Nancy's Books

Sunday, August 17, 2014

Writing a Middle Grade Novel/Call for Submissions/Call for Submissions

Today, I’m continuing the series, Writing a Middle Grade Novel.

Let’s focus on pacing. Like movies, some books are loaded with action-packed thrills; others reveal bit-by-bit action in slow motion. The flow of the plot is called pacing. One key to good writing is to determine the pace of your story. Too much narrative may slows the story down to a stall. Too much dialog my move it along at too snappy a pace. Both are needed. Dialog helps to develop the character and promote the plot. Narrative shows action and setting details. Finding a balance for your novel is vital to great storytelling. Here are some elements to consider: 

Open the story with action or an interesting event that will hook the reader. The first line should instantly intrigue, or amuse, or create thought.  

Backstory, such as a character remembering something that has already happened, will not engage the reader as much as the reader seeing the action as it takes place. One rule that many writers use is to start on the minute the character’s life is different. That means to start in the middle of the action, at a place that is a big moment in the character’s life. The snazzy word for this is medias res, translated to “in the middle of the action.” Use narrative and dialog to provide past details as they are needed by sprinkling them throughout the text.

Avoid the informational dump. This often happens at the beginning of a story where an author introduces a character’s background. If you’ve ever been told that you story actually begins on the second or third page, because that’s where the action is, you probably have added too much background information in the opening.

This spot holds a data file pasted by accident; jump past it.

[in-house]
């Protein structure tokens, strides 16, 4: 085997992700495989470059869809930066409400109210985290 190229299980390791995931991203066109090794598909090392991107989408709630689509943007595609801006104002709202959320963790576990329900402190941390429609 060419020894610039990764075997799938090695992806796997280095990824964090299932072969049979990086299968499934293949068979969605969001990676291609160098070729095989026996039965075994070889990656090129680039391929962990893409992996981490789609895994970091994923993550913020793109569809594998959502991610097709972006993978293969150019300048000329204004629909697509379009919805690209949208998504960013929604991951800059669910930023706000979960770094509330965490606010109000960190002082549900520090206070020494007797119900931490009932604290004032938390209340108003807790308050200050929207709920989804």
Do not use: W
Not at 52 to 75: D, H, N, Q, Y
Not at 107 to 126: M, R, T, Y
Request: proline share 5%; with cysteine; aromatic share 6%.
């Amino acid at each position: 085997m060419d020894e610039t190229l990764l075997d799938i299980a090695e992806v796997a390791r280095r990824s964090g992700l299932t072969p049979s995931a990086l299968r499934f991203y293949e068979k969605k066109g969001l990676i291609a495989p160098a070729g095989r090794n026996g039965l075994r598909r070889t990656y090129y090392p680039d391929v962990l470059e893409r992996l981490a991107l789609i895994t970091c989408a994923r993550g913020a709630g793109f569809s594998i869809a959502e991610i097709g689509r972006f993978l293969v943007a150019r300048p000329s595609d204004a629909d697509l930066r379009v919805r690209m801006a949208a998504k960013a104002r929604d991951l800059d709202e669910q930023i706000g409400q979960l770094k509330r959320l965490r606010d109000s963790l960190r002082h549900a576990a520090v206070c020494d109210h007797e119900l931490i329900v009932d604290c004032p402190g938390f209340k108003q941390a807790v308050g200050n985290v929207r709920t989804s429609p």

Call for Submissions for Adult Writers:

Highlights Current Needs:
Authors may send their work directly to the editors whose current needs are listed below. Manuscripts should be sent to (Editor's Name), Highlights, 803 Church Street, Honesdale, PA 18431.
Fiction for Beginning Readers (Ages 6 to 8), up to 500 words, Joëlle Dujardin, Senior Editor
Fiction for Independent Readers (Ages 8 to 12), up to 800 words, Joëlle Dujardin, Senior Editor
Crafts, up to 150 words, Annie Beer, Editorial Assistant
One-Page Activities, up to 275 words, Linda Rose, Associate Editor
Puzzles, Games, Recipes, and Activities, Linda Rose, Associate Editor
Nonfiction for Beginning Readers (Ages 4 to 8), up to 500 words, Debra Hess, Senior Editor
Gallant Kids, up to 400 words, Debra Hess, Senior Editor
Science, 800 words (two-page features), 400 words (one-page features), 50 words (activities), Andy Boyles, Science Editor
History and World Cultures, up to 800 words, Carolyn Yoder, Senior Editor
Submission guidelines and article details at


  1. Pacing is a problem for many writers. I work hard on it and am not sure I get it right. Good reminders. Thanks.

  2. Pacing is so important in novels and short stories. Thanks for the tips and the links to submission opportunities.

  3. I agree, pacing is difficult but key to holding the interest of the reader. Good luck with the submissions.